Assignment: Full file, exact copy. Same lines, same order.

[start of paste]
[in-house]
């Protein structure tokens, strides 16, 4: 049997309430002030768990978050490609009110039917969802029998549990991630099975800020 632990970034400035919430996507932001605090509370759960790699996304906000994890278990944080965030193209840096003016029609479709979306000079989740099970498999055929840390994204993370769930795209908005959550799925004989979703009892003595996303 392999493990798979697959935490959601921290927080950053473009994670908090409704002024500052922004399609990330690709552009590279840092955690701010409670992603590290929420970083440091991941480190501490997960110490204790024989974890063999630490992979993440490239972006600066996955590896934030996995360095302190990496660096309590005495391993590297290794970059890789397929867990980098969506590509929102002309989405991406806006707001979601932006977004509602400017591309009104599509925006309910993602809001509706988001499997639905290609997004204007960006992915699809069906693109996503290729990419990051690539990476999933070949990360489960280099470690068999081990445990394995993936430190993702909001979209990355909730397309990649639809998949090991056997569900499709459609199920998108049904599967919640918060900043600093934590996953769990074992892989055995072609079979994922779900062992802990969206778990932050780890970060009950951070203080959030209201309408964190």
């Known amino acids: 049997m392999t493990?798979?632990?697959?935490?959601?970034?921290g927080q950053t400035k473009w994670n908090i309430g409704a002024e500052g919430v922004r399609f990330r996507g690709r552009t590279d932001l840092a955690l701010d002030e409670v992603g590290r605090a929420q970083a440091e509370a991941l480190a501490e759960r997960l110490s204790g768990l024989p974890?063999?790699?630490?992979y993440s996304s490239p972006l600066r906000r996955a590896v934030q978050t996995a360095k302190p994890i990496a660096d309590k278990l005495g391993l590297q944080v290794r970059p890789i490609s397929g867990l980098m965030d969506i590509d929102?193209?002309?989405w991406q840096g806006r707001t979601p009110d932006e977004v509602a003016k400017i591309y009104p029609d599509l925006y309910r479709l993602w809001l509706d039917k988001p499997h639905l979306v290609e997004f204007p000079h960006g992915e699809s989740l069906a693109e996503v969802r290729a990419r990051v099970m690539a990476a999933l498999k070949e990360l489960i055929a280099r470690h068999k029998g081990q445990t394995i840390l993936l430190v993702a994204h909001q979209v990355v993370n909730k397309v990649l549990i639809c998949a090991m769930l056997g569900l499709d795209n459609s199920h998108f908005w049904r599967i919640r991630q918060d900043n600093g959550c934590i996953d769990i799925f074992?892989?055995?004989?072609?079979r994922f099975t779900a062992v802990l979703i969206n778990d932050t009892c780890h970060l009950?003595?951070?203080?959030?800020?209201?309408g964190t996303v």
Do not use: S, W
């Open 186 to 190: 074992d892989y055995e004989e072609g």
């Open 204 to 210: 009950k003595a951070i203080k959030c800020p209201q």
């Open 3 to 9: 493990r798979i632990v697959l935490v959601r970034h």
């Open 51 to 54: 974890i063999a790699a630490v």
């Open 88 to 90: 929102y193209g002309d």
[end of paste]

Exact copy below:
[in-house]
């Protein structure tokens, strides 16, 4: 049997309430002030768990978050490609009110039917969802029998549990991630099975800020 632990970034400035919430996507932001605090509370759960790699996304906000994890278990944080965030193209840096003016029609479709979306000079989740099970498999055929840390994204993370769930795209908005959550799925004989979703009892003595996303 392999493990798979697959935490959601921290927080950053473009994670908090409704002024500052922004399609990330690709552009590279840092955690701010409670992603590290929420970083440091991941480190501490997960110490204790024989974890063999630490992979993440490239972006600066996955590896934030996995360095302190990496660096309590005495391993590297290794970059890789397929867990980098969506590509929102002309989405991406806006707001979601932006977004509602400017591309009104599509925006309910993602809001509706988001499997639905290609997004204007960006992915699809069906693109996503290729990419990051690539990476999933070949990360489960280099470690068999081990445990394995993936430190993702909001979209990355909730397309990649639809998949090991056997569900499709459609199920998108049904599967919640918060900043600093934590996953769990074992892989055995072609079979994922779900062992802990969206778990932050780890970060009950951070203080959030209201309408964190």
């Known amino acids: 049997m392999t493990?798979?632990?697959?935490?959601?970034?921290g927080q950053t400035k473009w994670n908090i309430g409704a002024e500052g919430v922004r399609f990330r996507g690709r552009t590279d932001l840092a955690l701010d002030e409670v992603g590290r605090a929420q970083a440091e509370a991941l480190a501490e759960r997960l110490s204790g768990l024989p974890?063999?790699?630490?992979y993440s996304s490239p972006l600066r906000r996955a590896v934030q978050t996995a360095k302190p994890i990496a660096d309590k278990l005495g391993l590297q944080v290794r970059p890789i490609s397929g867990l980098m965030d969506i590509d929102?193209?002309?989405w991406q840096g806006r707001t979601p009110d932006e977004v509602a003016k400017i591309y009104p029609d599509l925006y309910r479709l993602w809001l509706d039917k988001p499997h639905l979306v290609e997004f204007p000079h960006g992915e699809s989740l069906a693109e996503v969802r290729a990419r990051v099970m690539a990476a999933l498999k070949e990360l489960i055929a280099r470690h068999k029998g081990q445990t394995i840390l993936l430190v993702a994204h909001q979209v990355v993370n909730k397309v990649l549990i639809c998949a090991m769930l056997g569900l499709d795209n459609s199920h998108f908005w049904r599967i919640r991630q918060d900043n600093g959550c934590i996953d769990i799925f074992?892989?055995?004989?072609?079979r994922f099975t779900a062992v802990l979703i969206n778990d932050t009892c780890h970060l009950?003595?951070?203080?959030?800020?209201?309408g964190t996303v």
Do not use: S, W
């Open 186 to 190: 074992d892989y055995e004989e072609g």
């Open 204 to 210: 009950k003595a951070i203080k959030c800020p209201q």
């Open 3 to 9: 493990r798979i632990v697959l935490v959601r970034h």
């Open 51 to 54: 974890i063999a790699a630490v």
């Open 88 to 90: 929102y193209g002309d």